“The important thing,” he said, “ is it’s a little ahead as opposed to significantly behind, which I think is the assumption that a lot of people make about impact type investing.”
Not just small startups
The largest B Corp in the world happens to be based in metro Denver: Danone North America, with about 800 employees in Broomfield and Louisville. It’s a rather new company that was formed in 2017, after Paris, France-based Danone acquired WhiteWave Foods, known for its tofu, Silk non-dairy beverages and fridge-free Horizon organic milk.
WhiteWave was already a B Corp when Danone bought it. But Danone, which had about $27.3 billion in sales last year, apparently liked what it saw and committed the entire organization to getting B Corp certified, which is a work in progress. Danone North America, which is about 20% of the global business, is required by B Lab to be transparent about its operations. An annual report shares things like product recalls and how it dealt with three employee compensation lawsuits (it used technology and changed policies).
“This certification helps us differentiate, benchmark performance throughout our value chain, partner with peers, support our customers’ ambitions, connect with consumers, and attract and engage talent. It’s a way of doing business that’s better for workers, communities, the environment,” the company said in an email.
Danone isn’t the first corporate giant to consider B Corp. Multinational conglomerate Unilever bought the social-minded Ben & Jerry’s in 2000 even though the two founders didn’t want to sell but felt bound by their duty to shareholders. However, Unilever let the ice cream company remain independent as a wholly owned subsidiary. In 2011, Ben & Jerry’s became a B Corp, and Unilever has since committed to working with B Lab UK to suss out how larger companies can meet certification requirements.
“What Unilever is doing now is they’re taking a strategy of actually buying benefit corporations. They bought Seventh Generation,” said Garcia, the DU professor. “Or they’re buying companies and allowing them to become benefit corporations. Unilever has this big vision in mind and this is from their CEO, it goes back to top down, that he would like to see Unilever become a benefit corporation.”
Other billion-dollar B Corp firms include Laureate Education, a network of 25 higher-ed institutions; Brazil-based Natura Cosméticos; and The Body Shop. Footwear maker Allbirds and online retailer Grove Collaborative also join Guild Education as B Corps with recent billion-dollar valuations, according to B Lab.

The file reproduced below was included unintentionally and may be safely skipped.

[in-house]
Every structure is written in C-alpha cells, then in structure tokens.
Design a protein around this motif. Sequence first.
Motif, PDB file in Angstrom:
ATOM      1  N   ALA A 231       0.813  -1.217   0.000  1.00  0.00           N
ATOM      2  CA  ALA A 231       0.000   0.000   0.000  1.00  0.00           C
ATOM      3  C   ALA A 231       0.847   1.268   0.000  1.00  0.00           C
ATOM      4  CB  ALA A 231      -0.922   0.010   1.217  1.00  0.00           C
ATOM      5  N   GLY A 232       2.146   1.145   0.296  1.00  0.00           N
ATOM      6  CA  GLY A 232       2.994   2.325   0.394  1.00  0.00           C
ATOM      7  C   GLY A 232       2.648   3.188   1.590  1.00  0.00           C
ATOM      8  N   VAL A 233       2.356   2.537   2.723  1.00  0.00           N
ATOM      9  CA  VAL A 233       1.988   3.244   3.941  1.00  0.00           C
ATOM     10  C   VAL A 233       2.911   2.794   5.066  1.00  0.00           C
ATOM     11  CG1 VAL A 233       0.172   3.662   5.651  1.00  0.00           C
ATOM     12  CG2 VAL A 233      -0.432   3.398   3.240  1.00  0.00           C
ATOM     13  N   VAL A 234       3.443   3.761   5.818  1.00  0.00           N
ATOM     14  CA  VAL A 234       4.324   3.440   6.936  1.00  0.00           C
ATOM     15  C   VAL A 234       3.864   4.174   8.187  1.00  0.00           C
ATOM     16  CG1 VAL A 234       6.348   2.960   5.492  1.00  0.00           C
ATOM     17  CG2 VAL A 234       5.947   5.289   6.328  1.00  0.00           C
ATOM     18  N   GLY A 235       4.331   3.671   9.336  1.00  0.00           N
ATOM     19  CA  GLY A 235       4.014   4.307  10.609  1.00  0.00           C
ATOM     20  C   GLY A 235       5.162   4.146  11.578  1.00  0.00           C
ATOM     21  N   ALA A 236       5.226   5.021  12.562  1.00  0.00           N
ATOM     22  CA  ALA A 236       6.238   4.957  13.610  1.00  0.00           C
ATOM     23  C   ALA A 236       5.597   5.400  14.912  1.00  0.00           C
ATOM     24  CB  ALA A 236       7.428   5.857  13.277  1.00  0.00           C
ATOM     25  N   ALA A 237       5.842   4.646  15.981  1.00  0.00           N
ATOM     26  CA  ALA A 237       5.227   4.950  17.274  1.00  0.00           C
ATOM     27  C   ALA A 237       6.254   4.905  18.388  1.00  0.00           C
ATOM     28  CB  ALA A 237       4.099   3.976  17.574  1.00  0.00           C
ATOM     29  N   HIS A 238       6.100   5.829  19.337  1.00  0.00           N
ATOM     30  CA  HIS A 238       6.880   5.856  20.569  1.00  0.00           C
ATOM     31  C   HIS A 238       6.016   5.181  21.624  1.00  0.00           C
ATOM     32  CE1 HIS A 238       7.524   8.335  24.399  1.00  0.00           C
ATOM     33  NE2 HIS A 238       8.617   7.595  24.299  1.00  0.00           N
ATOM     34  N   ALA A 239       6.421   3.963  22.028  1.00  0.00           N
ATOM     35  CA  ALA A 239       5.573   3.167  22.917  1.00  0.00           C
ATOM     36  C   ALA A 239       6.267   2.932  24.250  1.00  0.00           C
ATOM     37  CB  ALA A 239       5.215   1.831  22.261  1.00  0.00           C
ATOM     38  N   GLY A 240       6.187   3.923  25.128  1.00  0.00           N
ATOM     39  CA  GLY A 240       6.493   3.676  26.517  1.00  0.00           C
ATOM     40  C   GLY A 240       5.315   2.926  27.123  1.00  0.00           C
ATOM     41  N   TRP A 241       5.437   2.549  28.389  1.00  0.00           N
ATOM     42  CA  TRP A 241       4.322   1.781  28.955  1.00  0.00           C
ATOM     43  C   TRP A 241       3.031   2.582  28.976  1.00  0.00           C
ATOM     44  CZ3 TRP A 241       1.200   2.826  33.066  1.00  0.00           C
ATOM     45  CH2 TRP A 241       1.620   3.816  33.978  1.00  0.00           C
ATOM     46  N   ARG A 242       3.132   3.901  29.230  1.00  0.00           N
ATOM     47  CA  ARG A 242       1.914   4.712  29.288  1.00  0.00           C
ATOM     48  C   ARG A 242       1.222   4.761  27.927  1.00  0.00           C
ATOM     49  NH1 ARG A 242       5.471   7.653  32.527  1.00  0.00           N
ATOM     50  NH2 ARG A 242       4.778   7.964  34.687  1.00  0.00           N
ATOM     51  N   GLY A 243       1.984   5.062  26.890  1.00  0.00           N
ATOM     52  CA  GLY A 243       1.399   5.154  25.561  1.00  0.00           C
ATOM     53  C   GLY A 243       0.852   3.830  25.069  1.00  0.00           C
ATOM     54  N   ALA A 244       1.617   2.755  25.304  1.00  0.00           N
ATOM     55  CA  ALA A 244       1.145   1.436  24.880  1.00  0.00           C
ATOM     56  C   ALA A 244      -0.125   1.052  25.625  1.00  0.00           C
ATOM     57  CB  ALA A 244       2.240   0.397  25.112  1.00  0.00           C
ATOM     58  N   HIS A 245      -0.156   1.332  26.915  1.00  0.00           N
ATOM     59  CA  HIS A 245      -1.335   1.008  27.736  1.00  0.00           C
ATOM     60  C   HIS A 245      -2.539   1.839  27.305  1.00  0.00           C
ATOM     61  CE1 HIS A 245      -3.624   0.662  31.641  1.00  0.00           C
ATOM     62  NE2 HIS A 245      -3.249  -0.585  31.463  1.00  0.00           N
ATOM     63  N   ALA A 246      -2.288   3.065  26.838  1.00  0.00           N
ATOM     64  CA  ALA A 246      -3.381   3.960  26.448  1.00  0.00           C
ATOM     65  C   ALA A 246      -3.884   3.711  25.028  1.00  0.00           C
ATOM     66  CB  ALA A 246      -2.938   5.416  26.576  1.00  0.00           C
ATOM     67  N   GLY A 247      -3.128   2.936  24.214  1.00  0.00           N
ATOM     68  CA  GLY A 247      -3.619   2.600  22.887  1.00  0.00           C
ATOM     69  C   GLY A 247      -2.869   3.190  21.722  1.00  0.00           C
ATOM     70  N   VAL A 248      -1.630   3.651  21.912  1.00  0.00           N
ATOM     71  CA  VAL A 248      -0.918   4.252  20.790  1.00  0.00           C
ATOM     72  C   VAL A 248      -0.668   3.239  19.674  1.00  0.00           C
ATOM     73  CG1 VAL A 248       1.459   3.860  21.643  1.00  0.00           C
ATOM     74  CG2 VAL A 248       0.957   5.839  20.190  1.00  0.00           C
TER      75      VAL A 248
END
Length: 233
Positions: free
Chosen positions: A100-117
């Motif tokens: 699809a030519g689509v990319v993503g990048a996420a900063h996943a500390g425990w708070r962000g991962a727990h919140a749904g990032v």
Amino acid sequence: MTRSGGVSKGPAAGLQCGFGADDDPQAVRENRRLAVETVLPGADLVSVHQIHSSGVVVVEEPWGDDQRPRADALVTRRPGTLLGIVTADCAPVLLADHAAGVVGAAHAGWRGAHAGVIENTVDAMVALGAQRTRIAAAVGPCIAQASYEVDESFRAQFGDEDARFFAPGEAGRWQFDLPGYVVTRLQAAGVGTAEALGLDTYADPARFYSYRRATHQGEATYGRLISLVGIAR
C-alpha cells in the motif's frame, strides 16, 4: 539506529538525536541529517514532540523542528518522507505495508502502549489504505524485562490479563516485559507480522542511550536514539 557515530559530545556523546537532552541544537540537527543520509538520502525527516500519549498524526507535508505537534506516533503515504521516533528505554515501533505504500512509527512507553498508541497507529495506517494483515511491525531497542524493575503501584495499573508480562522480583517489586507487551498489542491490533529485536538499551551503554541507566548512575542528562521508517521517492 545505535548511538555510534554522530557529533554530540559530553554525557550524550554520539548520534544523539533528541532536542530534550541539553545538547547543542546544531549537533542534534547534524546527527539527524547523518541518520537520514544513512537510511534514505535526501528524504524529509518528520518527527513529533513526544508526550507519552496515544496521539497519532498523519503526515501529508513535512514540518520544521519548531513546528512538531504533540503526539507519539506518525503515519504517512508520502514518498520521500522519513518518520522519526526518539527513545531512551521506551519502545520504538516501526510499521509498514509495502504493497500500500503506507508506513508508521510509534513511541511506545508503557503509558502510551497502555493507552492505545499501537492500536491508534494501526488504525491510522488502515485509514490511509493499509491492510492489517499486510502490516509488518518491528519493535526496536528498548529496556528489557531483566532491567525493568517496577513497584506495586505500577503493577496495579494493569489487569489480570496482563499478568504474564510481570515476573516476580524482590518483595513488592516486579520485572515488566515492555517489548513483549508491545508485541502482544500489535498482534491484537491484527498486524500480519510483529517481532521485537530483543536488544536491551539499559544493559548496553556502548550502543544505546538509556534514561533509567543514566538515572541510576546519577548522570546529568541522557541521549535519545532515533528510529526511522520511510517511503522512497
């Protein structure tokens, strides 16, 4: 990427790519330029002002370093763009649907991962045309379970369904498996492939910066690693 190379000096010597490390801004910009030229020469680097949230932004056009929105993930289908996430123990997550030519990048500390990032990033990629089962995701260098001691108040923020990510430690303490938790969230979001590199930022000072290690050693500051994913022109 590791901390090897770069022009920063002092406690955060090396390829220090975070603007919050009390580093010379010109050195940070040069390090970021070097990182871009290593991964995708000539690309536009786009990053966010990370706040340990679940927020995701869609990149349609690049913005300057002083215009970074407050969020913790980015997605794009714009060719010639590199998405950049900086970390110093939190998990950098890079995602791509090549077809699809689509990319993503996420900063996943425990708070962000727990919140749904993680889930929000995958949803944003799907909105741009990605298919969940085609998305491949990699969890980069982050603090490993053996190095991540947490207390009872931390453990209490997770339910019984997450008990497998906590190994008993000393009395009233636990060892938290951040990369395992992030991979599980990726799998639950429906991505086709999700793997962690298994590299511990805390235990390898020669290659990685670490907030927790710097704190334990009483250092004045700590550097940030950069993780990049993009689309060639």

Nobody really keeps track of what companies leave the B Corp program or why, said Lichtenheld, with B Local Colorado. He estimates 25 to 30 have dropped out in Colorado in the past decade.
“There is an annual certification fee. So, some companies choose not to recertify because the cost is prohibitive,” said Lichtenheld, whose day job is a certified financial planner at BSW Wealth Partners. “There are there are companies that become a B Corp for two or three years and it doesn’t feel like it’s a worthwhile investment. We still encourage their participation in our broader B economy.”
Sometimes companies let their certification lapse after getting acquired or going public. Rally Software, a Boulder firm that created its own Rally for Impact Foundation, dropped off the list sometime after getting acquired in 2015 by CA Technologies, which three years later was Broadcom Inc.
Two years after going public, online handmade marketplace Etsy relinquished its B Corp status in 2017 because converting its corporate structure to a benefits company was “an untested process for existing public companies,” CEO Josh Silverman wrote in a blog post at the time.
It really depends on the new parent. On Tuesday, New Belgium Brewing, a B Corp since 2013, said it’s being acquired by Australia’s Lion Little World Beverages. The Fort Collins beermaker will no longer be employee owned business, but it’s keeping its B Corp certification at the insistence of its future parent, pending the sale’s close.
“This will continue to be a key differentiator for New Belgium as part of the Little World family,” Matt Tapper, Lion Little World managing director, said in an email.
Guild Education became a B Corp in July 2017, less than two years after the company was founded. It has grown like a weed, doubling staff to 405 employees in 12 months.
Being a unicorn hasn’t changed its mission. But the opportunity to grow faster made Carlson decide to invest in growth, after proving in the first half of the year that the business model can run profitably, she said.
While maintaining B Corp certification is extra work, it’s “a codification of our values and our business model,” Carlson said.
“We’d do it either way,” she said. “If B Corp didn’t exist, we’d make all the exacting choices we’ve already made.